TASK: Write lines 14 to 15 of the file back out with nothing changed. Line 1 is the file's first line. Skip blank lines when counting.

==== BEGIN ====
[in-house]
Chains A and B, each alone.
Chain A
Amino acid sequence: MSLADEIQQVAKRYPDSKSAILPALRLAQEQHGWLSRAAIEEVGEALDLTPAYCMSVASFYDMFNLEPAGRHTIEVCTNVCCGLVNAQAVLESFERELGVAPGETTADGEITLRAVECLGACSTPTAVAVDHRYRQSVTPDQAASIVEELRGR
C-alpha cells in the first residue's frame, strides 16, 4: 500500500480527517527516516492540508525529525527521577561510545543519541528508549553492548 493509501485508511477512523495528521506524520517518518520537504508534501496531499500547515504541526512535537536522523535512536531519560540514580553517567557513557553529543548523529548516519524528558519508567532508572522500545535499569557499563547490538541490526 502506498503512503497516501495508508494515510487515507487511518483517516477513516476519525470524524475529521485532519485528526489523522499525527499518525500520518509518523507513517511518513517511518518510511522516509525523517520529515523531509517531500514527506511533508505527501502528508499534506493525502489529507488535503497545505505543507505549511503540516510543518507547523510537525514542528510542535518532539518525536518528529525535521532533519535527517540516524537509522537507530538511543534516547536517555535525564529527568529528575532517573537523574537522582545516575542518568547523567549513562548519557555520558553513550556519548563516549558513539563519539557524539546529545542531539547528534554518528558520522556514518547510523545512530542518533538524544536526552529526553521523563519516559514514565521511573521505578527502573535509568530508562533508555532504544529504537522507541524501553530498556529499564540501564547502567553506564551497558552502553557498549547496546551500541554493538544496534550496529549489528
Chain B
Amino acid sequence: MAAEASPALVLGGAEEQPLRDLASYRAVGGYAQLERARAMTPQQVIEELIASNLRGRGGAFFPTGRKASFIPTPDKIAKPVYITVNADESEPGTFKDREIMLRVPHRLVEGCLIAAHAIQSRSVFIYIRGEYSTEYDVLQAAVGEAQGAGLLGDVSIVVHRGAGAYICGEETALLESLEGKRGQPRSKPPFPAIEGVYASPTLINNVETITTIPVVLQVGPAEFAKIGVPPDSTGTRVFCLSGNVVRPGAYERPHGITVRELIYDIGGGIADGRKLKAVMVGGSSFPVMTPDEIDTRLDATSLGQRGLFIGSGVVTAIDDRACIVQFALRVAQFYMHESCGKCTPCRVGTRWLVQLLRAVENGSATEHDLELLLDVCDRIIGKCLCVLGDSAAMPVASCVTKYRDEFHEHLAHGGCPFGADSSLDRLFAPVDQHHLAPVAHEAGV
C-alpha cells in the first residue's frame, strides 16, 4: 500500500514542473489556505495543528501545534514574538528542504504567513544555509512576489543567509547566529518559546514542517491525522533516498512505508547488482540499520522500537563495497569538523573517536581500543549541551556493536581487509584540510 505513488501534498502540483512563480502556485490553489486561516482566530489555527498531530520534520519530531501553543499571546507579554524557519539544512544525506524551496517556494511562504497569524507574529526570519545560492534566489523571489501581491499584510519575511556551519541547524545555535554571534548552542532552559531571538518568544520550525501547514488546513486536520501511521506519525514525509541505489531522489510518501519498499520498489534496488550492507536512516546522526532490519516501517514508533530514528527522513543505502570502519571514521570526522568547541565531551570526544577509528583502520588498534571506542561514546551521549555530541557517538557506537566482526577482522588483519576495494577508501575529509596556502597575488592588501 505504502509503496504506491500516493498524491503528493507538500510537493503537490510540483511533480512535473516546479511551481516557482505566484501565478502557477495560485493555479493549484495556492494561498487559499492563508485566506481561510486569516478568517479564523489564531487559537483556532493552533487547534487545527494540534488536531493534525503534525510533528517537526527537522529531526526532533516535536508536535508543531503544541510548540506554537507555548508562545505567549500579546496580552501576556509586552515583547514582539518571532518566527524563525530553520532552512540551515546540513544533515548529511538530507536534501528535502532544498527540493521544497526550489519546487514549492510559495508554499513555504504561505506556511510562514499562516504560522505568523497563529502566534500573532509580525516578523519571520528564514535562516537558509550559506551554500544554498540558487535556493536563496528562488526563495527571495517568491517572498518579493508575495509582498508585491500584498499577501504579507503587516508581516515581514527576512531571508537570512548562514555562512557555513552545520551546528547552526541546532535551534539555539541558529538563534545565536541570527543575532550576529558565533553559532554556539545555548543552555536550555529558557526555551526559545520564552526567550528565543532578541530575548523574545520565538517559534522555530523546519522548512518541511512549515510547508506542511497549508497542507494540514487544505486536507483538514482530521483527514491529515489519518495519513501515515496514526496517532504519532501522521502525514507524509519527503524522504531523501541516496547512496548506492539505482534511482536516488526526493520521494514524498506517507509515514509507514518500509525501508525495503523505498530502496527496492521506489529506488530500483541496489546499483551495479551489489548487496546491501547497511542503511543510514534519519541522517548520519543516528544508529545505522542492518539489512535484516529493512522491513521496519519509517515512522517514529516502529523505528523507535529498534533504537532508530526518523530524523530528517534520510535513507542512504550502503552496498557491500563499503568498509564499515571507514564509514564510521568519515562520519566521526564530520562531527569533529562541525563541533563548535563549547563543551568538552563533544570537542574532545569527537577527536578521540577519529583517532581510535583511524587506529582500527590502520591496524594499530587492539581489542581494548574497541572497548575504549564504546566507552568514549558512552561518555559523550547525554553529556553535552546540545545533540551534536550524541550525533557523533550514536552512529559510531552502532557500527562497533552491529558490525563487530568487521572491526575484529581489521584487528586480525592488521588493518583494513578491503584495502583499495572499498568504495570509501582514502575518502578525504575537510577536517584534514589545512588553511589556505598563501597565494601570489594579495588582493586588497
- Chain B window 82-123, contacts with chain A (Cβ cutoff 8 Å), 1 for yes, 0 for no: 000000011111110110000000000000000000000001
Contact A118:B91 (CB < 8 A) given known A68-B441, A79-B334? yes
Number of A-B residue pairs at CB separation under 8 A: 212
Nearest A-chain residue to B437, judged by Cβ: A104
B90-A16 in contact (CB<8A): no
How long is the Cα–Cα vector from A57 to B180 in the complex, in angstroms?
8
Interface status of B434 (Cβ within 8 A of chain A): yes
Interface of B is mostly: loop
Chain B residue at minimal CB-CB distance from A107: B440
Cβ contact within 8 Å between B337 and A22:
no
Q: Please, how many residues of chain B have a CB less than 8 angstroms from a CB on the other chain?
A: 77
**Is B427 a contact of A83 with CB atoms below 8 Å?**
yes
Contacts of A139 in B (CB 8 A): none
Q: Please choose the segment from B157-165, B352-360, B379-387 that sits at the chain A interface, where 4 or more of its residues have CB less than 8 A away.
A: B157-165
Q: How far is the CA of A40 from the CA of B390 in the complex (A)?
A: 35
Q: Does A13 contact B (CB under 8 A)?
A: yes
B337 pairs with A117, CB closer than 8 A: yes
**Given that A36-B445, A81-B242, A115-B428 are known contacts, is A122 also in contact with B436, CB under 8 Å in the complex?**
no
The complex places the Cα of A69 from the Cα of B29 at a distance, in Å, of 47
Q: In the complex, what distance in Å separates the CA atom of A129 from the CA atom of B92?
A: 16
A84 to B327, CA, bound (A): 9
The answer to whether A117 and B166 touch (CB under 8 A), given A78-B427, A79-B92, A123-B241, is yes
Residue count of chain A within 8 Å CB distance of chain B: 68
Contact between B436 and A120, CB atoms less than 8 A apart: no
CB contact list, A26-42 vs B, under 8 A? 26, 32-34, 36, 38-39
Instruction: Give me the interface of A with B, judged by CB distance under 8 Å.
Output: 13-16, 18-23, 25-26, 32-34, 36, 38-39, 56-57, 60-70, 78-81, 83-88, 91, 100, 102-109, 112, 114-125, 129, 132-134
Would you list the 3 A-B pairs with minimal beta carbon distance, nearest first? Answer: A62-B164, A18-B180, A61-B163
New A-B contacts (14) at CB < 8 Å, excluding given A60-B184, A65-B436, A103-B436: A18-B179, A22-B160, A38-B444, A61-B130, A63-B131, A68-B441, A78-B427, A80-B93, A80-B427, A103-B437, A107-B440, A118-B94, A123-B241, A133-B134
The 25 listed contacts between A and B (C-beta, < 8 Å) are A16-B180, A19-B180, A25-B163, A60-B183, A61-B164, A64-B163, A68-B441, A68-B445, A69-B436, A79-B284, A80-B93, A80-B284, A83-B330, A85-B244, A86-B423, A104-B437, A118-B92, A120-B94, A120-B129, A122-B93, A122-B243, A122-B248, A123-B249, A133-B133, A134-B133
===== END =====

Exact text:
How long is the Cα–Cα vector from A57 to B180 in the complex, in angstroms?
8